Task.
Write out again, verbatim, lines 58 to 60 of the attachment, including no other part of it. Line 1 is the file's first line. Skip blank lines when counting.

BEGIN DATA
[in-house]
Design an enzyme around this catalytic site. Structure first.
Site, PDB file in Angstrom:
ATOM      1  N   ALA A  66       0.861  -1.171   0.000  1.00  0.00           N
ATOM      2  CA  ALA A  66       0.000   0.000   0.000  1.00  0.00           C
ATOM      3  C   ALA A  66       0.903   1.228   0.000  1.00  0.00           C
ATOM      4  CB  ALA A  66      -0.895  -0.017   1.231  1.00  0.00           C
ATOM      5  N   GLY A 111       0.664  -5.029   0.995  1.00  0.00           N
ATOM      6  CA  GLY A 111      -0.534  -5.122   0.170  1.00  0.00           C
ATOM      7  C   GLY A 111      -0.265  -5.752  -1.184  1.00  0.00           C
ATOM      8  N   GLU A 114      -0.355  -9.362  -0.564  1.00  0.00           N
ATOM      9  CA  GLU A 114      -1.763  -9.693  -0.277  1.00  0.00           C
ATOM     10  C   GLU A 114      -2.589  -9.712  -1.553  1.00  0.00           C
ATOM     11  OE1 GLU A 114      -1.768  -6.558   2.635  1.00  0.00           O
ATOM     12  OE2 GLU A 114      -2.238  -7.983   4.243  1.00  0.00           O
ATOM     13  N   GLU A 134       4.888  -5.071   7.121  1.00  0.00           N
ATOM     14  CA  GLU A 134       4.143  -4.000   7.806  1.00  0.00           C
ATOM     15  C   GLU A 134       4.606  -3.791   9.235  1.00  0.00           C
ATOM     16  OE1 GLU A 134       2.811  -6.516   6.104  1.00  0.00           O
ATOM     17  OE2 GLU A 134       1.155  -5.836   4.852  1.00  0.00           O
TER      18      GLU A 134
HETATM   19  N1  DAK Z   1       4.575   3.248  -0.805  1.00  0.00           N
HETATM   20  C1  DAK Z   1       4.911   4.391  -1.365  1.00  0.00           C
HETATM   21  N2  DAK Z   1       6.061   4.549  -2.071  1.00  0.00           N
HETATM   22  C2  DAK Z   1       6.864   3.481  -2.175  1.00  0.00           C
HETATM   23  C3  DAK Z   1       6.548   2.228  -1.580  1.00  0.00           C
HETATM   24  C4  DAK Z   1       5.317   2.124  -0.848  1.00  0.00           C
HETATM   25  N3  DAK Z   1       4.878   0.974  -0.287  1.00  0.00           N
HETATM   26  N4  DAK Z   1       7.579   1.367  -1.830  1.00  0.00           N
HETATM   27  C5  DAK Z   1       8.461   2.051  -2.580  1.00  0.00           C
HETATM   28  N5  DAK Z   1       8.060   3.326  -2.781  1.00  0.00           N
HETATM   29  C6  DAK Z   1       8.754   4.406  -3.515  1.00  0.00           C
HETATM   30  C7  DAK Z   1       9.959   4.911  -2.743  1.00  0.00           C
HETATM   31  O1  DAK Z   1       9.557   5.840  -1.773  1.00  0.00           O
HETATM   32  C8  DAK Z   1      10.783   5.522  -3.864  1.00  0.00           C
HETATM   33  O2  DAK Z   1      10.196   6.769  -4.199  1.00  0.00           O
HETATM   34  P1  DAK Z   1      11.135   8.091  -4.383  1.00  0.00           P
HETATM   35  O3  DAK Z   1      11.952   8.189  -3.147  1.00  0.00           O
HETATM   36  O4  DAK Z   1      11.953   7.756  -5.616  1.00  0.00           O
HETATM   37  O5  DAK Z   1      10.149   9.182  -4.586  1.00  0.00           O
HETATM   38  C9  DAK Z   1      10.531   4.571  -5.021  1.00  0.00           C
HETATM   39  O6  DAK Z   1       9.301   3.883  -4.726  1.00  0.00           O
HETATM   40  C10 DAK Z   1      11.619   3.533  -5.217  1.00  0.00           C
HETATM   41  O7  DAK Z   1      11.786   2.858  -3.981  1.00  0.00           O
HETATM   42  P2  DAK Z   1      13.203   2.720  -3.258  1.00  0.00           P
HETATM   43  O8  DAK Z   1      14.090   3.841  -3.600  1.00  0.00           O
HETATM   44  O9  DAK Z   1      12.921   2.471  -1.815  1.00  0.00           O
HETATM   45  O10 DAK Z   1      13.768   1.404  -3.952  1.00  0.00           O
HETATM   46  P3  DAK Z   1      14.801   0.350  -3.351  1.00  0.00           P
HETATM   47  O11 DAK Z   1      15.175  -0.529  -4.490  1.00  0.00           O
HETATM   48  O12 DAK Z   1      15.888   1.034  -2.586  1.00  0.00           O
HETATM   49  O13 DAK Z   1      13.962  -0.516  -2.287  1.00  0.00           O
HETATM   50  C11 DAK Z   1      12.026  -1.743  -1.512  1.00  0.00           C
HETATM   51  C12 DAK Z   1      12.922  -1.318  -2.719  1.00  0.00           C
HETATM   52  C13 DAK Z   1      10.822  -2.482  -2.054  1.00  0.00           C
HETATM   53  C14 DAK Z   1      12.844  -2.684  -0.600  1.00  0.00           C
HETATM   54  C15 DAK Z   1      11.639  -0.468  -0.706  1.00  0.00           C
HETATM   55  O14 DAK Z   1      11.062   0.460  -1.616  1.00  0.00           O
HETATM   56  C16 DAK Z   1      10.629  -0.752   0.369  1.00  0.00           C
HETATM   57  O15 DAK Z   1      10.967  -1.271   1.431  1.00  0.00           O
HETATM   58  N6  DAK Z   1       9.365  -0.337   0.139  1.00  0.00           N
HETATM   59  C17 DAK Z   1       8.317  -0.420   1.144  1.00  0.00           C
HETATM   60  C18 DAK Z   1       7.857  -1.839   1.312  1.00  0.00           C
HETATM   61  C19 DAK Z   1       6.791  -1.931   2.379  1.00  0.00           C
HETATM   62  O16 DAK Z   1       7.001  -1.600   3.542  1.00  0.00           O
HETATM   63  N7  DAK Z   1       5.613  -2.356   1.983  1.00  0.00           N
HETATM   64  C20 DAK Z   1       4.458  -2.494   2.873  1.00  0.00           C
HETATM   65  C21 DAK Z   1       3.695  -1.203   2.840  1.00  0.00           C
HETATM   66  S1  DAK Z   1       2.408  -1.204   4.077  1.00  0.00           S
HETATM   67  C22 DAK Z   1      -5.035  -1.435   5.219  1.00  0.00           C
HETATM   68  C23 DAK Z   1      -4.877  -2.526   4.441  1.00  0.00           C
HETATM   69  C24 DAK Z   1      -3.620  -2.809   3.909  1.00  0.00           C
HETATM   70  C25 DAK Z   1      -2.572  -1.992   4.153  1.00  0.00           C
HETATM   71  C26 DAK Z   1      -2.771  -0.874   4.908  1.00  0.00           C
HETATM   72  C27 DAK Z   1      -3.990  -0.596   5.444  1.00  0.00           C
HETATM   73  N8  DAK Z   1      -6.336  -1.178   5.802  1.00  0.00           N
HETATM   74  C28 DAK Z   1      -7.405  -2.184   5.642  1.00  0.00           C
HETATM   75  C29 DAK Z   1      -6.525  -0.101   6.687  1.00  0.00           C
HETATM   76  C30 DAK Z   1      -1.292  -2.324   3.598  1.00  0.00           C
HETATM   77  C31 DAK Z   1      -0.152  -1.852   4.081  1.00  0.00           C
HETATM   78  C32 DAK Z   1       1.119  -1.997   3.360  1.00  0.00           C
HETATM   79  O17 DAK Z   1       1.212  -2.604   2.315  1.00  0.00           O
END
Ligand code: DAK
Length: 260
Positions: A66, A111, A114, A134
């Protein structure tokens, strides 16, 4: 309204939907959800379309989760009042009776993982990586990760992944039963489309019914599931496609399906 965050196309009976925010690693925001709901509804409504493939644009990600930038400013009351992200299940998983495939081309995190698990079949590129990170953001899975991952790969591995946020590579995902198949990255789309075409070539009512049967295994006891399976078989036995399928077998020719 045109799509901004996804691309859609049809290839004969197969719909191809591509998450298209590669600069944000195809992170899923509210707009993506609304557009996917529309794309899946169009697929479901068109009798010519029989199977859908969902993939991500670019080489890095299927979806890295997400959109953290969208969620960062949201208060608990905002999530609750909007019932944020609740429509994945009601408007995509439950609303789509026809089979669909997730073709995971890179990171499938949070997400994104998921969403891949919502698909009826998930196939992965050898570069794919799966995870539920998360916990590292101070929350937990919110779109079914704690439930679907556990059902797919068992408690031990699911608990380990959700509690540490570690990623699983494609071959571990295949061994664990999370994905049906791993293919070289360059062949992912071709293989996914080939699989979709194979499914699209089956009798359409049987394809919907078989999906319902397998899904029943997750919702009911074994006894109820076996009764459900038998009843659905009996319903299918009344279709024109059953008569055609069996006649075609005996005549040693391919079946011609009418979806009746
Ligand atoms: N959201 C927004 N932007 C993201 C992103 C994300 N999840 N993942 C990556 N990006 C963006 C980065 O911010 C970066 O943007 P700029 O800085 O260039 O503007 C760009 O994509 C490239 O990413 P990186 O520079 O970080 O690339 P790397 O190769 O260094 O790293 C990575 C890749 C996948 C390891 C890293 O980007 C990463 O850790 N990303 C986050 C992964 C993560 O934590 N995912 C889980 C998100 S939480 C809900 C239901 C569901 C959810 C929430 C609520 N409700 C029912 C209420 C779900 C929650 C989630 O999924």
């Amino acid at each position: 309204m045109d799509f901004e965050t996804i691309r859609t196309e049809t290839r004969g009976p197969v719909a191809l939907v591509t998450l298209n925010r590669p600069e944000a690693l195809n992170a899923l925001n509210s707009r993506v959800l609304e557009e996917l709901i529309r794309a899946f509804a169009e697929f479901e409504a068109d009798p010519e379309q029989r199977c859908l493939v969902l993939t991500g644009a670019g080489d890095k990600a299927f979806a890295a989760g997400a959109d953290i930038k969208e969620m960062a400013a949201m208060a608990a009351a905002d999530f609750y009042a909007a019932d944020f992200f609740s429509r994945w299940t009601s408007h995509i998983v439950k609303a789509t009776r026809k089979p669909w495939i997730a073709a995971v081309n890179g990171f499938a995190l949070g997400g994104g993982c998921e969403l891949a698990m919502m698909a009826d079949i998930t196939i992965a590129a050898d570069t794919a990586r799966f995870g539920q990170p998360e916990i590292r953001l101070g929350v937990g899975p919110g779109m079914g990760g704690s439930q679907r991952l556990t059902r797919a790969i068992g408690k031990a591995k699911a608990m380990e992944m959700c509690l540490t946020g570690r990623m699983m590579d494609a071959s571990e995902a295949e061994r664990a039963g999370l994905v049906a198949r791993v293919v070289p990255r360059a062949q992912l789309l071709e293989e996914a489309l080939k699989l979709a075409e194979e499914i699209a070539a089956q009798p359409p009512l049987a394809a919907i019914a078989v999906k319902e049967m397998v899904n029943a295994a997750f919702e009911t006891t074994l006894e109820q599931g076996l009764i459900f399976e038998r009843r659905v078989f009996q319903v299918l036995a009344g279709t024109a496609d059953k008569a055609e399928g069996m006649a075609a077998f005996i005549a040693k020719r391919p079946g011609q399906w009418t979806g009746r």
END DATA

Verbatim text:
HETATM   55  O14 DAK Z   1      11.062   0.460  -1.616  1.00  0.00           O
HETATM   56  C16 DAK Z   1      10.629  -0.752   0.369  1.00  0.00           C
HETATM   57  O15 DAK Z   1      10.967  -1.271   1.431  1.00  0.00           O